Deaths in mental health facilities arising from mismanagement

13 May 2015
When a person is admitted to a psychiatric hospital, especially where the individual is given ‘involuntary patient’ status, the hospital has a responsibility to ensure that the person suffers no harm. It is not uncommon in our practice to receive enquiries from the families of patients who have died or suffered serious injury following mismanagement in a psychiatric facility.

Given that suicide and suicidal ideation is associated with a number of mental illnesses, it is important that psychiatric facilities take care to ensure that patients are managed appropriately to minimise the risk of suicide occurring in the hospital setting.

Hospital staff should ensure that an adequate risk assessment is performed as early as possible on admission of the patient. If there is a delay in having the formal psychiatric assessment, nursing or other staff should ensure that there is engagement with the patient and preliminary risk assessment performed, including examining the patient’s belongings and removing any potentially harmful objects.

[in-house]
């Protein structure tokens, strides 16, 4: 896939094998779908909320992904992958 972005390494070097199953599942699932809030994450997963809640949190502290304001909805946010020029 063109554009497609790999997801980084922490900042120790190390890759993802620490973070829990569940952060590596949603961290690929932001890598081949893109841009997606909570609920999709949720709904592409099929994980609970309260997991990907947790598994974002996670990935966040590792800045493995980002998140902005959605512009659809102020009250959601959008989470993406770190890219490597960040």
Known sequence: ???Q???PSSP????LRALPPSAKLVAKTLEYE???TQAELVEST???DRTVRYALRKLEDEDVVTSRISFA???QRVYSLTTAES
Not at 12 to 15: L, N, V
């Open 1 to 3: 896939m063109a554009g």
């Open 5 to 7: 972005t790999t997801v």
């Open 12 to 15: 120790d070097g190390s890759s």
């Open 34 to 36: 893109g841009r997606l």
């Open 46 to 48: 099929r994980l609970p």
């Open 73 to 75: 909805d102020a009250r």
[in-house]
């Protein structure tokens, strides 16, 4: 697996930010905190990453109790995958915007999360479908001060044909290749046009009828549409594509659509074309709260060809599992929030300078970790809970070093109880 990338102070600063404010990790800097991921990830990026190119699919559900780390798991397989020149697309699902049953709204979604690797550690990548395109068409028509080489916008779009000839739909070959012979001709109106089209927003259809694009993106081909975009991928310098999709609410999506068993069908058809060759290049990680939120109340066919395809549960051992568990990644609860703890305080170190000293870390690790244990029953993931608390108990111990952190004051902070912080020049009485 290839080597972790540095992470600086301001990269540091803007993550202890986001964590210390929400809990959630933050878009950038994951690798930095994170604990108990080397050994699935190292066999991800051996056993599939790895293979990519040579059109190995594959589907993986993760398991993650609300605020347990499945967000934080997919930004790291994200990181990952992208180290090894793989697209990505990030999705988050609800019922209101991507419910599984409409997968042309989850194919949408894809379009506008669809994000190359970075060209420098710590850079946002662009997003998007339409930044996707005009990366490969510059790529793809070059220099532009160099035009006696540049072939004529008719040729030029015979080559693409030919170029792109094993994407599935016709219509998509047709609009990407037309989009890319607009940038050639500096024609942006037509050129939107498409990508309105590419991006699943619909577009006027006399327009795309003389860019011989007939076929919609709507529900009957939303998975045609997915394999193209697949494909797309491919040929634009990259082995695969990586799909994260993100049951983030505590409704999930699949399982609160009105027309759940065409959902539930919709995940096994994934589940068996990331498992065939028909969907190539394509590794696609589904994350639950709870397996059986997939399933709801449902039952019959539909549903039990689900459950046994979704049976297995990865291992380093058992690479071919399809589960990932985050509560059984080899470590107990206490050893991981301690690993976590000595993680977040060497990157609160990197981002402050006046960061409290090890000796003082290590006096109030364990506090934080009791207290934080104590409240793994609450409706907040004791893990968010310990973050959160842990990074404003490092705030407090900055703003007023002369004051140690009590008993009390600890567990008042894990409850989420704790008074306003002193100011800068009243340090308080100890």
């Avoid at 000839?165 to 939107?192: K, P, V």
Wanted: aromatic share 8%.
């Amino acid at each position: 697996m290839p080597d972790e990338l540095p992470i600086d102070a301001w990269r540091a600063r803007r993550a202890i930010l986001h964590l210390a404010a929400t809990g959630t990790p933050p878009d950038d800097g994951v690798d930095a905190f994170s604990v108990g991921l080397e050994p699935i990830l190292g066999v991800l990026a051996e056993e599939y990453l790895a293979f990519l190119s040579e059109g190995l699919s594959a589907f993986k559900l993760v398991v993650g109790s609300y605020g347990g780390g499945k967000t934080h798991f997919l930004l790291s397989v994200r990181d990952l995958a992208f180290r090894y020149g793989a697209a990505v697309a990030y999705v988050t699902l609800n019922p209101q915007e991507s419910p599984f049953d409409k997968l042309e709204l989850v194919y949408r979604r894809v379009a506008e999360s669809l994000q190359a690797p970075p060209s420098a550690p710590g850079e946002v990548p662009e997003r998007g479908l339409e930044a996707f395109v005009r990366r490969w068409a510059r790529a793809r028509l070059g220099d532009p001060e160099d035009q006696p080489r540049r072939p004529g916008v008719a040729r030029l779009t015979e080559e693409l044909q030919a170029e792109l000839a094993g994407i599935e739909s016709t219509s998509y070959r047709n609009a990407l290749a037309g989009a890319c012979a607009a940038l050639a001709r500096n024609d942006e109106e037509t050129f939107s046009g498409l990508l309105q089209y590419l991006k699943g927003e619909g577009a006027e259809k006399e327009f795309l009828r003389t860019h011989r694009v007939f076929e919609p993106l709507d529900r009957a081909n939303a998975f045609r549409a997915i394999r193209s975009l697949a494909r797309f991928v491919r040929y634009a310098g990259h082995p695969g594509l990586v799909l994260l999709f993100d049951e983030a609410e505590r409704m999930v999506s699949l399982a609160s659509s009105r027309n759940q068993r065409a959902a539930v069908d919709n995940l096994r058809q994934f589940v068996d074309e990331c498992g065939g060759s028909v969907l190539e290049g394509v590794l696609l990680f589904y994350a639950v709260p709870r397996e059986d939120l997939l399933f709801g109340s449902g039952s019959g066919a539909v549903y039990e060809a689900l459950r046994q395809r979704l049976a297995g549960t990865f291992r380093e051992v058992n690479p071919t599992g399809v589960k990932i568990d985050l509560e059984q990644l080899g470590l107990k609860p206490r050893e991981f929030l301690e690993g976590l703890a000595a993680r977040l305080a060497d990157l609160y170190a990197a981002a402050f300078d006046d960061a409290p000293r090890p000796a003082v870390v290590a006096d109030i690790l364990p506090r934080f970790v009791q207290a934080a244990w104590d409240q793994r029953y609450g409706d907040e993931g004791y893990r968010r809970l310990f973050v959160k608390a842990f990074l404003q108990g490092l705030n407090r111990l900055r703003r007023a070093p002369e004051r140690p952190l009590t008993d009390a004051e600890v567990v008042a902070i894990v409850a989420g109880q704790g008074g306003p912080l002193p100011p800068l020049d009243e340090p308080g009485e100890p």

Should these processes not be followed, tragedy and fatalities can occur and one of the most contentious legal issues becomes whether or not the outcome was avoidable with the use of reasonable care and skill. A recent case Maurice Blackburn was involved in concerned a man admitted to a psychiatric facility from another hospital following two suicide attempts at that hospital. At the time of transferring him he was being nursed on a 1:1 basis with constant observation to prevent harm and the risk of a further suicide attempt. At the second psychiatric hospital, the man was placed in a room out of sight of the nurses’ station and he was placed on 15-minutely observations. There was a delay in performing the formal psychiatric evaluation and during that time in between observations, he committed suicide by hanging. The case is currently in litigation. 

A standard defence to a claim such as this is that the plaintiff cannot prove that the hospital’s failures to properly manage and assess the deceased person’s presentation caused the death. This is largely due to the difficulty in predicting human behaviour, especially where there is a history of previous suicide attempts. In providing their opinion on this vexed issue, medical experts must rely upon the particular person’s mental health history and treatment, their support structures, published literature and data on suicide rates, and their clinical experience. Each case turns on its own peculiar facts which makes the giving of legal advice to a person who has either survived such a suicide attempt with serious injuries or family members of the deceased a complex task.

By Erica Dobson